Modified EDSS for Use in Multiple Sclerosis Clinical Practice
Objectives: To develop a modified version of the EDSS (mEDSS) for clinical monitoring and compare this modified version to the full EDSS.
Methods: The existing EDSS was modified in several ways, via consensus among 3 MS specialists, to create the mEDSS: exam maneuvers which do not impact function were eliminated (e.g. reflexes), redundant maneuvers were consolidated (e.g. proprioception), and scoring of functional systems was simplified. The mEDSS was designed to reflect a more concise EDSS that utilizes exam techniques important for clinical monitoring. Existing data from the CombiRx trial was used to ensure standardized ascertainment of the EDSS; from these data, we derived the mEDSS. The mEDSS and EDSS, as well as each functional system (FS), were compared using Spearman’s rank correlation coefficients and Bland-Altman plots. Discrepancies within each FS between the EDSS and mEDSS were delineated within a subset with physical charts available for review.
Results: The mEDSS at the baseline CombiRx trial visit (n=1005) was derived and EDSS values ranged between 0 and 6. The mEDSS had strong correlation with the EDSS, both overall (Spearman’s rho = 0.88, p<0.0001) and for each functional system (Spearman’s rho between 0.64 and 0.97, p-values<0.001). Bland-Altman plots to examine agreement will be presented. The algorithm to derive mEDSS from the EDSS information was validated and discrepancies in functional systems were identified in the chart review. Reasons for discordant scores will be delineated.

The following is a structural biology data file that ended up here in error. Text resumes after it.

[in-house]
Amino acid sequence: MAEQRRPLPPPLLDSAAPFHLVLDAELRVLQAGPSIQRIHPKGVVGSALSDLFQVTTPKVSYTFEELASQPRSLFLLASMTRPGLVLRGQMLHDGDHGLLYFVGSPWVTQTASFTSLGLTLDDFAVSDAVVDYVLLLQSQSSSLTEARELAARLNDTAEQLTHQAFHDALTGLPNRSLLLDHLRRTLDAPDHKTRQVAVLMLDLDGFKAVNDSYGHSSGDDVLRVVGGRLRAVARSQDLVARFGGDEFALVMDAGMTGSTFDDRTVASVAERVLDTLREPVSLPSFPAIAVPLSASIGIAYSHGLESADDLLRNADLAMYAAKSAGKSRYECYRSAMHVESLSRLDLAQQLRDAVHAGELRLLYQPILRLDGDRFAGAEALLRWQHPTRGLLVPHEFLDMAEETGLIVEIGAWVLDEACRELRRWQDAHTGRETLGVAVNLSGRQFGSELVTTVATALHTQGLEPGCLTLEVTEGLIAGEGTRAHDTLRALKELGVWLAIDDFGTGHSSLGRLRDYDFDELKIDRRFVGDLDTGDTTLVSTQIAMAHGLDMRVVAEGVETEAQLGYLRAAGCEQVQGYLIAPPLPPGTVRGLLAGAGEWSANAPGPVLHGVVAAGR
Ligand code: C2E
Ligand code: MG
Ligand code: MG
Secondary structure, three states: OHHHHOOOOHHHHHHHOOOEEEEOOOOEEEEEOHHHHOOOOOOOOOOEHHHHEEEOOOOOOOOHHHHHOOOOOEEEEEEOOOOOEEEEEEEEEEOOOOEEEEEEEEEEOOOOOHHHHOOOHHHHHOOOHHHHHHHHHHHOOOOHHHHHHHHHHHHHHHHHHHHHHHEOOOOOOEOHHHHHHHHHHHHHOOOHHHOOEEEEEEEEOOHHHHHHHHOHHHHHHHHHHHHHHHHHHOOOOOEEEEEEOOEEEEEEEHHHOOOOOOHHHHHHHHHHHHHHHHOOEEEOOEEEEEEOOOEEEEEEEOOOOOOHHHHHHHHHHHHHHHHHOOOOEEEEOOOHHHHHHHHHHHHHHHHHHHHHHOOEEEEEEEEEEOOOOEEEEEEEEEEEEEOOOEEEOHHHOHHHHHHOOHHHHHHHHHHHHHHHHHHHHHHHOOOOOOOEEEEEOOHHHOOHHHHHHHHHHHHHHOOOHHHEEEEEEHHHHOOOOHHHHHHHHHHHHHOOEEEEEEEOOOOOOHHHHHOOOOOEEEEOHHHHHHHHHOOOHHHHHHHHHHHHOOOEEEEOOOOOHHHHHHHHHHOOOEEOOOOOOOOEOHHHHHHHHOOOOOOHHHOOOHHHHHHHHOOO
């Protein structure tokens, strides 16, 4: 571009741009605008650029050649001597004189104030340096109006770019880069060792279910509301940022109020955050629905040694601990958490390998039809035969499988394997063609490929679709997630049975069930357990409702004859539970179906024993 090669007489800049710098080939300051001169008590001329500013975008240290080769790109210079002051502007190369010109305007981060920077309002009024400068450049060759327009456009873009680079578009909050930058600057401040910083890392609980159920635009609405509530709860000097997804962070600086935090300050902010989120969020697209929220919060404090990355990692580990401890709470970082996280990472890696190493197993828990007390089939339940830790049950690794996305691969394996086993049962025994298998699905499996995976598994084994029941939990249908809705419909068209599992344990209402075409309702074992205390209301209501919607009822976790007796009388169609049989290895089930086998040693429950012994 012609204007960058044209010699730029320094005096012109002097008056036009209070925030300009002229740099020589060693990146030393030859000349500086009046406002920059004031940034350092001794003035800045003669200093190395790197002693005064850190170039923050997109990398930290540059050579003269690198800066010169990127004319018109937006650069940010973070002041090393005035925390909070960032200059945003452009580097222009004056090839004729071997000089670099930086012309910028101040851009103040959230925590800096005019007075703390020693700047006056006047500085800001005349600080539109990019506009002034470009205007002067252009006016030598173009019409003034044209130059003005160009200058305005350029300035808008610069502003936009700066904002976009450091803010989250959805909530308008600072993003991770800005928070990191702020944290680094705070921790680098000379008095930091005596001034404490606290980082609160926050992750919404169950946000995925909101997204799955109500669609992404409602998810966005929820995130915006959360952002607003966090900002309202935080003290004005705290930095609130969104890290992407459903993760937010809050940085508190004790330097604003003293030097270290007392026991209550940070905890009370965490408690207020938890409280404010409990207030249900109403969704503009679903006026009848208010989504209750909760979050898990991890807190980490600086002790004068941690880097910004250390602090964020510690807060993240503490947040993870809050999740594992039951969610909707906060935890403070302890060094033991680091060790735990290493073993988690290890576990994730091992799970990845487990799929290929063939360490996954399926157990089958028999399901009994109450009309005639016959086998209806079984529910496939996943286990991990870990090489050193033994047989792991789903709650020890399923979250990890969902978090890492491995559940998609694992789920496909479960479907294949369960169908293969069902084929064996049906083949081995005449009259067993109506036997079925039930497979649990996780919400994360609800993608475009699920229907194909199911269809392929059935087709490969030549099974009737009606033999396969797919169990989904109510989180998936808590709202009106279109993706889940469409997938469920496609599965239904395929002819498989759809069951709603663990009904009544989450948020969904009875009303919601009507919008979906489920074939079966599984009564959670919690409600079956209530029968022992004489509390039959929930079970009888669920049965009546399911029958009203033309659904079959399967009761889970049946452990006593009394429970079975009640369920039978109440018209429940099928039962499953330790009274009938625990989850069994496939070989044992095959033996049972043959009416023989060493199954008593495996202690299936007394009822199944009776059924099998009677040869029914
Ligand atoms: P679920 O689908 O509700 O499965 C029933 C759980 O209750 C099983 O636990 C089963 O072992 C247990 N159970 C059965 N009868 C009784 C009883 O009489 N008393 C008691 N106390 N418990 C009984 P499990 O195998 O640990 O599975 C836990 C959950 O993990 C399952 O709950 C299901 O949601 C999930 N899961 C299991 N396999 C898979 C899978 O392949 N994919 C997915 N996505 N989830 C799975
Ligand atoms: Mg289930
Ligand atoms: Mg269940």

Conclusions: The mEDSS was strongly correlated with the full EDSS and can therefore provide a useful measure of disability in clinical practice. The development and validation of an automated statistical algorithm enabled us to compare the mEDSS and EDSS in a large population to examine differences in scoring. Longitudinal assessment of the mEDSS for stability and relapse sensitivity is in progress. Future work will examine the practicality and interrater reliability of the mEDSS.